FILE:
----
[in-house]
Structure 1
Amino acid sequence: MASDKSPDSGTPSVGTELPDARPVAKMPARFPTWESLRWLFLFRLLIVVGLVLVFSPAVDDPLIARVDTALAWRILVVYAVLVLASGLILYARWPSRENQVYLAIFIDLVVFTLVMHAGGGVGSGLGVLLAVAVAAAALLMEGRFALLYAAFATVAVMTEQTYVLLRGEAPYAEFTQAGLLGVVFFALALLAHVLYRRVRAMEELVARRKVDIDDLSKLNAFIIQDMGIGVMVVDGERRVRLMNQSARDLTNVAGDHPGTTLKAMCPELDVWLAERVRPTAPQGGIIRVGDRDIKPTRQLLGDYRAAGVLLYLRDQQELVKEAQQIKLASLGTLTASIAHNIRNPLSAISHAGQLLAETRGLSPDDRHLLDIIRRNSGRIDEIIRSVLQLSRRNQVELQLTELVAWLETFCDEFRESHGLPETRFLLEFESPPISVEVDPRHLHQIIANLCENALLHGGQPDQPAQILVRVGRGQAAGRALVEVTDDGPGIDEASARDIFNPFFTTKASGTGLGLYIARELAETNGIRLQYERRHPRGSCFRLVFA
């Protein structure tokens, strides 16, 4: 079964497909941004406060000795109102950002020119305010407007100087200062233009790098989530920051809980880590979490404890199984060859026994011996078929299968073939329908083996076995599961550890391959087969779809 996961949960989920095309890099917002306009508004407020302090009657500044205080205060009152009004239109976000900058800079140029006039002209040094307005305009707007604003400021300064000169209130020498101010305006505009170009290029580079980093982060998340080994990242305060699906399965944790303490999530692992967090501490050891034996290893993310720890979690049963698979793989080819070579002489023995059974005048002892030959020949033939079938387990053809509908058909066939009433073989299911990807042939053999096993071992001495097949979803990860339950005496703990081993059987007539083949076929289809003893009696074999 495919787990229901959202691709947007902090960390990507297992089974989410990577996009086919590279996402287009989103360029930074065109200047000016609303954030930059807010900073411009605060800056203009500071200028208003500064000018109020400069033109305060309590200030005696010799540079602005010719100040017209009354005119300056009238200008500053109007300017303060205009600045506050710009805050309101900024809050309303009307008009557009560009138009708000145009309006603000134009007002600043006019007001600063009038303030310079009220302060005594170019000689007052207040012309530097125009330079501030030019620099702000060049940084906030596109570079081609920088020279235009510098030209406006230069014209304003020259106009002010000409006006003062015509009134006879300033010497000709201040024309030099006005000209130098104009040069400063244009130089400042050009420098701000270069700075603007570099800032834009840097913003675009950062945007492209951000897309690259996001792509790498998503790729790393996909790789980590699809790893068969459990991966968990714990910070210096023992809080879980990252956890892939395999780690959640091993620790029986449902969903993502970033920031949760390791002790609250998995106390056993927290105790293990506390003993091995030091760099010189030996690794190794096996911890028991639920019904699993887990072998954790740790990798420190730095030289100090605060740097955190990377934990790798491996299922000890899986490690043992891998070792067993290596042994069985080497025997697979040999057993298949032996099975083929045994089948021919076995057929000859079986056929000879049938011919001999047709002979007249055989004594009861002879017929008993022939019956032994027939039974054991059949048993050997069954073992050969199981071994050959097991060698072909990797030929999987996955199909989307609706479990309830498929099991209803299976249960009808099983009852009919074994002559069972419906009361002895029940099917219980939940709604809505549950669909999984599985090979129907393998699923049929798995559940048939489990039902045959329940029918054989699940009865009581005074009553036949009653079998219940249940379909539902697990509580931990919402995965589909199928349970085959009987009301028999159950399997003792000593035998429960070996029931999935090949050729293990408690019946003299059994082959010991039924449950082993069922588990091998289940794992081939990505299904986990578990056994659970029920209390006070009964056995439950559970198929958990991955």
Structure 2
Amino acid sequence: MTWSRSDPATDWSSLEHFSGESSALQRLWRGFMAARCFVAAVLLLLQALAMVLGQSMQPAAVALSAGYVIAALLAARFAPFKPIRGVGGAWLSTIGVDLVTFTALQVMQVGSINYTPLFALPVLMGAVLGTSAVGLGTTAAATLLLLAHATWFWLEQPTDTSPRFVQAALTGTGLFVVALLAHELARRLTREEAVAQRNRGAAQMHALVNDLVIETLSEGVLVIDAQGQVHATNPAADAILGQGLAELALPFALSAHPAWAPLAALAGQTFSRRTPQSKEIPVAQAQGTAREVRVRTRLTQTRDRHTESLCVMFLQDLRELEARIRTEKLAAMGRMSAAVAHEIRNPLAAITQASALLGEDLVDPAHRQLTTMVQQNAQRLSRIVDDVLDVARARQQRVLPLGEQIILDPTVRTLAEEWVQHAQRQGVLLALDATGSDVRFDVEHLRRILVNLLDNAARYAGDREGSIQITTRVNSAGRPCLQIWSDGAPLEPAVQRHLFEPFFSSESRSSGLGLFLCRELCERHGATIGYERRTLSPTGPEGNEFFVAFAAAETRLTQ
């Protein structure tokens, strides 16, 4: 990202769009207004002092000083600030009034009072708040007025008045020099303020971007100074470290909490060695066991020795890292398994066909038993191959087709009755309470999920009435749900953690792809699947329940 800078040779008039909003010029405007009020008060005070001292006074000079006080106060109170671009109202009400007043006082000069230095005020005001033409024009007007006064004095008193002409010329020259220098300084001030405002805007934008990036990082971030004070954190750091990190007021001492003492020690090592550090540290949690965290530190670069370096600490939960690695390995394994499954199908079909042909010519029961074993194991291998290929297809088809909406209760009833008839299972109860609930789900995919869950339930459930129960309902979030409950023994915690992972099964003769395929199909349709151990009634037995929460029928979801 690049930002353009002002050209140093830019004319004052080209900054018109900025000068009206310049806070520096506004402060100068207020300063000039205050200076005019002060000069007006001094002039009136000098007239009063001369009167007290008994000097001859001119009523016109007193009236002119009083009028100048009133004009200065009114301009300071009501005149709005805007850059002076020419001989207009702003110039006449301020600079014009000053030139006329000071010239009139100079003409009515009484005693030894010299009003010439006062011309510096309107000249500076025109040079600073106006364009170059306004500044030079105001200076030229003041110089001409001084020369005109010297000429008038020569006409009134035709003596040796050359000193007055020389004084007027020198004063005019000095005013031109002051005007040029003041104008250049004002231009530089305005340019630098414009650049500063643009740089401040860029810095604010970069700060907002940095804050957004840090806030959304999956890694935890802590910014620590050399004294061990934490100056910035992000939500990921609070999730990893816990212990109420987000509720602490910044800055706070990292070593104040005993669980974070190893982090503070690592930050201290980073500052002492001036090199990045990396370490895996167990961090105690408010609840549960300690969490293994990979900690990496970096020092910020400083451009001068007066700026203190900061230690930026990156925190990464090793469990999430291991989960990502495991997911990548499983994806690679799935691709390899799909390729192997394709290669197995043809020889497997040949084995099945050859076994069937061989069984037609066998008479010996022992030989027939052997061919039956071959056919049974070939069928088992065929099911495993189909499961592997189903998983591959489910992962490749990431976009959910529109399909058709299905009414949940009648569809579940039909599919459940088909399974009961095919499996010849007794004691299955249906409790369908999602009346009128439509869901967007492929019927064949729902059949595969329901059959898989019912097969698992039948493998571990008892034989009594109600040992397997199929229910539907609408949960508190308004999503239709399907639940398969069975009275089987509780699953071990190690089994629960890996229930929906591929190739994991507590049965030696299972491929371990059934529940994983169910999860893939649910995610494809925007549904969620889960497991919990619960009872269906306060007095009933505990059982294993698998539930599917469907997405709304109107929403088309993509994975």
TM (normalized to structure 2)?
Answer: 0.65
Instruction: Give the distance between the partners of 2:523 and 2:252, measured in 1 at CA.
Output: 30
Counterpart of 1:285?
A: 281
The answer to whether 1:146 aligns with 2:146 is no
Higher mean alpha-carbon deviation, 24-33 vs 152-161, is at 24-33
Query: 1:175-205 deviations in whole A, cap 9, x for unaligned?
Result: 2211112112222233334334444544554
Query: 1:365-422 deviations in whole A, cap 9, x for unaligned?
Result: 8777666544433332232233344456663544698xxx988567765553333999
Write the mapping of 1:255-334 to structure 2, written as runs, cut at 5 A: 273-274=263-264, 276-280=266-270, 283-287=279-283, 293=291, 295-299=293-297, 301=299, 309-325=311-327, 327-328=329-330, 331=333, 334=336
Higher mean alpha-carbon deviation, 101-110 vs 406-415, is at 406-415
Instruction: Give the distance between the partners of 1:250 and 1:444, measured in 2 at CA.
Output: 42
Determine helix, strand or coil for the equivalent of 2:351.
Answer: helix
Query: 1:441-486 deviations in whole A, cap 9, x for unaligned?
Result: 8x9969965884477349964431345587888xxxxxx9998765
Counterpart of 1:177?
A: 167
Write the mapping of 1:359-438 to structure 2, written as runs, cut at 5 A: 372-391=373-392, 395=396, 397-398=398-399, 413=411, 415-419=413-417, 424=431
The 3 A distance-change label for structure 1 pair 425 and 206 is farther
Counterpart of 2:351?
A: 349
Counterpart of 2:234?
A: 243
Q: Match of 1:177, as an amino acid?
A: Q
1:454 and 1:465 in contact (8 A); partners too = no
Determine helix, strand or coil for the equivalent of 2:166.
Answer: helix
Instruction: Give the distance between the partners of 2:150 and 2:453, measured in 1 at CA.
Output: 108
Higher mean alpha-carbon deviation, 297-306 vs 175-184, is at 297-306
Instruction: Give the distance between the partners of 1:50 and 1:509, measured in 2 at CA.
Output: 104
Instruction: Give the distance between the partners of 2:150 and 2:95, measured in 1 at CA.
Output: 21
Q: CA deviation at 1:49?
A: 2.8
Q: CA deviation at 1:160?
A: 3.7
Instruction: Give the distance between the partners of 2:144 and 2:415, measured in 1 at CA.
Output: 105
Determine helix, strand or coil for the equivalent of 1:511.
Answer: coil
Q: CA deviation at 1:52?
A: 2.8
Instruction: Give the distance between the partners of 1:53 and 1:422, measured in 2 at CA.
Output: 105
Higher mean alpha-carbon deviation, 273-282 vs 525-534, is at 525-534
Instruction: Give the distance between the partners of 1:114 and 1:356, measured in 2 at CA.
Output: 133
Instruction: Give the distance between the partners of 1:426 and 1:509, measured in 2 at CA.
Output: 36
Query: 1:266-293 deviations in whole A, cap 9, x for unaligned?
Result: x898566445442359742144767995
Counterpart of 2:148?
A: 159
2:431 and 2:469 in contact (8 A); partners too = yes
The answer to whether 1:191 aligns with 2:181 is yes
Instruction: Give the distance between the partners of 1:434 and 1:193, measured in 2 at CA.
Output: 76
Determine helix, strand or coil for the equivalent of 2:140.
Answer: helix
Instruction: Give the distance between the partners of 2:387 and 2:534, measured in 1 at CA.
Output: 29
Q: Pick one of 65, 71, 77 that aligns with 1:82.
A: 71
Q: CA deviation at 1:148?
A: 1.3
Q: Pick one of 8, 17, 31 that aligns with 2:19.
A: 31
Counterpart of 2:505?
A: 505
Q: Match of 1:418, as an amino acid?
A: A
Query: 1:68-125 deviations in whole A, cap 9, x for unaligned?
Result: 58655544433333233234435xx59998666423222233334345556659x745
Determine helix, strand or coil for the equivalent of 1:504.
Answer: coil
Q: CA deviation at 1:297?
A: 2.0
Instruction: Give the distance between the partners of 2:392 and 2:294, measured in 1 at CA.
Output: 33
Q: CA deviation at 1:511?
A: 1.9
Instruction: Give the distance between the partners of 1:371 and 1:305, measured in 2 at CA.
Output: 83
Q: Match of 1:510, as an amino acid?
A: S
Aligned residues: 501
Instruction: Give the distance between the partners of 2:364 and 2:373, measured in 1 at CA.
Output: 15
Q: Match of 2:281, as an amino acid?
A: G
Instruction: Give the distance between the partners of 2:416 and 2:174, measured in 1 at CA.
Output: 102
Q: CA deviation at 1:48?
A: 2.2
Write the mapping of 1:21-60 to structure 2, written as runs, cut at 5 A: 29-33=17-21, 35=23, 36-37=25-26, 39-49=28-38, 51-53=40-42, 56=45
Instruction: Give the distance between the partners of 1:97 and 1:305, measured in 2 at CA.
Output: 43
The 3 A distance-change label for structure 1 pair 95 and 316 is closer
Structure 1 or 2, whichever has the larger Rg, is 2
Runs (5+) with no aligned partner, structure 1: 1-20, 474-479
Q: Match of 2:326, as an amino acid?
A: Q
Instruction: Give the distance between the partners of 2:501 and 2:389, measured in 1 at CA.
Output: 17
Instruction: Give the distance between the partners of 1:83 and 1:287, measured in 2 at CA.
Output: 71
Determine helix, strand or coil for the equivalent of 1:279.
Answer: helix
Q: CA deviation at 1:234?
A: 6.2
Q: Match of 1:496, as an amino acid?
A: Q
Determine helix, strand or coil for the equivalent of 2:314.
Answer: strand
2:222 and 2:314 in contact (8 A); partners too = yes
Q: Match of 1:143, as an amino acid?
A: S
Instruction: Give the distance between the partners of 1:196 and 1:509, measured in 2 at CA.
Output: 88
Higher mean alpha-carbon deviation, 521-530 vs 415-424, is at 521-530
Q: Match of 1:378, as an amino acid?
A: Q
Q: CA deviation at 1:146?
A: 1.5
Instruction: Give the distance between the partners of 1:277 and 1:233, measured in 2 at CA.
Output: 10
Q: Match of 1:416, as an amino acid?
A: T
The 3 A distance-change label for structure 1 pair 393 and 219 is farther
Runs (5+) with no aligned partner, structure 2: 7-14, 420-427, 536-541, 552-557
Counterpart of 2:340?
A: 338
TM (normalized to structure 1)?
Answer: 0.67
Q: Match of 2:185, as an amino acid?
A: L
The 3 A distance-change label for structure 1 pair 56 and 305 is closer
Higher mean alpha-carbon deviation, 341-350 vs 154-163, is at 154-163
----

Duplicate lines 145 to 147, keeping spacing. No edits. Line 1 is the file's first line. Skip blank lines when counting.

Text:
Runs (5+) with no aligned partner, structure 2: 7-14, 420-427, 536-541, 552-557
Counterpart of 2:340?
A: 338